Ipswich Unemployed Action.

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Archive for the ‘Food Banks’ Category

While DWP Minister Celebrates Universal Credit Success Emergency Food and Fuel Vouchers are Ready.

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With Rev Richard Lowson at Carpenders Park and South Oxhey Methodist Church

Gauke Celebrates Universal Credit Tidings of Good Joy.

Super Ted reminds us how people on benefits can be left on dire straits by the workings of the system.

That system is still getting worse, despite a few sticking plasters.

This story from Wales shows the low point we have reached under Gauke, who is no doubt enjoying some mince pies and mulled wine while his minions are busy.

Emergency food and fuel vouchers handed out as the latest Universal Credit rollout takes place

WalesonLine.

Swansea is the latest place in Wales where Universal Credit is being rolled out.

Emergency packages have been drawn up in Swansea to prepare for hundreds of families being left hard-up over Christmas by the controversial roll-out of Universal Credit.

Bosses at Coastal Housing are preparing their staff to hand out emergency food and fuel vouchers to help people through the crunch time.

Work and pensions secretary David Gauke previously said the system had been stress-tested and added latest figures seemed to suggest it was a success as 50% of new claimants were taking up an advanced loan.

Following a pilot scheme of the new system, Coastal Housing tenants have run up arrears of £73,000 an average of £830 each.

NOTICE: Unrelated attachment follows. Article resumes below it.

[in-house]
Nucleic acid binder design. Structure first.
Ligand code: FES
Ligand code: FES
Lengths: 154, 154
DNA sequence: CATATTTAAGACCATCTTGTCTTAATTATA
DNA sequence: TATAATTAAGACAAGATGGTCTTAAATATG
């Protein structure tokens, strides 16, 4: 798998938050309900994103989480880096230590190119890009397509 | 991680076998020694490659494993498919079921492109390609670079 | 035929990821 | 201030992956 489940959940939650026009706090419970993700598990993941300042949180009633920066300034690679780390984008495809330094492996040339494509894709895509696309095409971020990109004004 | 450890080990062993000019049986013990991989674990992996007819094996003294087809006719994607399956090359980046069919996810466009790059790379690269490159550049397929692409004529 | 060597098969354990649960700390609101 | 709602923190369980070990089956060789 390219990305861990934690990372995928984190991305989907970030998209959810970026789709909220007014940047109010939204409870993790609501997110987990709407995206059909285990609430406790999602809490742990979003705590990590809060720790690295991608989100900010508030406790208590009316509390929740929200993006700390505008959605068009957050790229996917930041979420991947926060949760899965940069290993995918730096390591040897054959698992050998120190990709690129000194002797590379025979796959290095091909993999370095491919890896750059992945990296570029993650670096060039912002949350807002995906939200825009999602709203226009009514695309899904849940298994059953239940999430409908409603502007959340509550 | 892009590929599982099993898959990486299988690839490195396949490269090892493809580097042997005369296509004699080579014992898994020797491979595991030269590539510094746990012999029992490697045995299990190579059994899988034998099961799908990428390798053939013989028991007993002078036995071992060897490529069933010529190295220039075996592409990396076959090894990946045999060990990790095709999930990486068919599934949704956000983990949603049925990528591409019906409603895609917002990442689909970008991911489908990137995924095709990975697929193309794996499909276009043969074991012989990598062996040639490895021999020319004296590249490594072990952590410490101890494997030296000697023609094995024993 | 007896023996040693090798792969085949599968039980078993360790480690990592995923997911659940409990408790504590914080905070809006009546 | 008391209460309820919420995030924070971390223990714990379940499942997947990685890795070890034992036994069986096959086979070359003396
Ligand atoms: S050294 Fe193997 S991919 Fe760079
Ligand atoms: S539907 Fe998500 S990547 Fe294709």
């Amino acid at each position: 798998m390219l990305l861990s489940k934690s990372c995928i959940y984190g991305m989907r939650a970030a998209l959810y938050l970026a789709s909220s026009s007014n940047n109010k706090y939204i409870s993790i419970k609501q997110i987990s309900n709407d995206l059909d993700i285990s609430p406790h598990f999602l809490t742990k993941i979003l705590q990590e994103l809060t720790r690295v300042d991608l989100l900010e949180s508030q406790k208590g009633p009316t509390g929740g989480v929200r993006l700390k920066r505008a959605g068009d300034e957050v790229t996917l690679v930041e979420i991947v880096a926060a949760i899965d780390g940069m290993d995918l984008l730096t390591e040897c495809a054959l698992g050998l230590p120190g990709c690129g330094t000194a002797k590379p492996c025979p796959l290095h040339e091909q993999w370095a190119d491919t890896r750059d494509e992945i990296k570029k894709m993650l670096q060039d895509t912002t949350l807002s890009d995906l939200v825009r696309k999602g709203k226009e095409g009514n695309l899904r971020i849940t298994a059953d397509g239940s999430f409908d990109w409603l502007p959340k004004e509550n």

A Coastal Housing spokesman said emergency packages were fully in place ahead of Universal Credit coming into force.

He said: “The introduction of the Full Universal Credit service, which started in Neath Port Talbot on October 4 and will be followed by Swansea on December 13, will mean some Coastal tenants will not receive a full payment this side of Christmas.

“While we welcome moves taken by the UK Government in the recent budget to abolish the waiting week, for many claimants these changes will be too late.

“Therefore Coastal has created a package for those tenants we know will not have access to all their money in time for Christmas and the New Year, including individual support packages, the issuing of emergency food and fuel vouchers, and supporting the Evening Post’s Christmas campaign which donates to food banks.

“We’ve been able to do this with the backing of our business partners who have donated money to support our tenants and the wider community.”

..

Grandmother Geraldine Hill, 56, who lives in Coastal Housing accommodation, managed to get by for more than two decades on benefits without falling into debt despite bringing up three children after being unable to work as a result of a combination of anxiety, depression and lung disease.

But the switch to Universal Credit had proved to be life-changing and she previously said: “It’s been a struggle, I have to rely on a food bank and I’m living in the living room.

“All my housing, rent and DLA (Disability Living Allowance) was stopped, I ended up accumulating arrears through no fault of my own.

Pause for another pie and sip of heated plonk for Gauke,

‘Scrooge’ DWP bosses warned Universal Credit roll out will cost lives this Christmas.

The Courier.

The introduction of the new system, which replaces six existing means-tested benefits, has prompted fears thousands of Scots could be plunged into poverty as they endure a six-week wait for payments to come through.

David Alexander, co-leader of Fife Council, said officials are already “preparing for disaster” this winter and warned many people could face a “really tough time” under the new rules.

Dundee City Council’s finance spokesman, Baillie Willie Sawers, warned the payment delay is placing a “great strain” on some of the city’s most vulnerable people and admitted the roll out has been a “huge concern” for the authority.

As Gauke nibbles some more hors d’oeuvres before a good lunch we hear the peasants in Brum are not going too well either.

Birmingham Mail.

Foodbank fear Universal Credit will wipe them out – this is why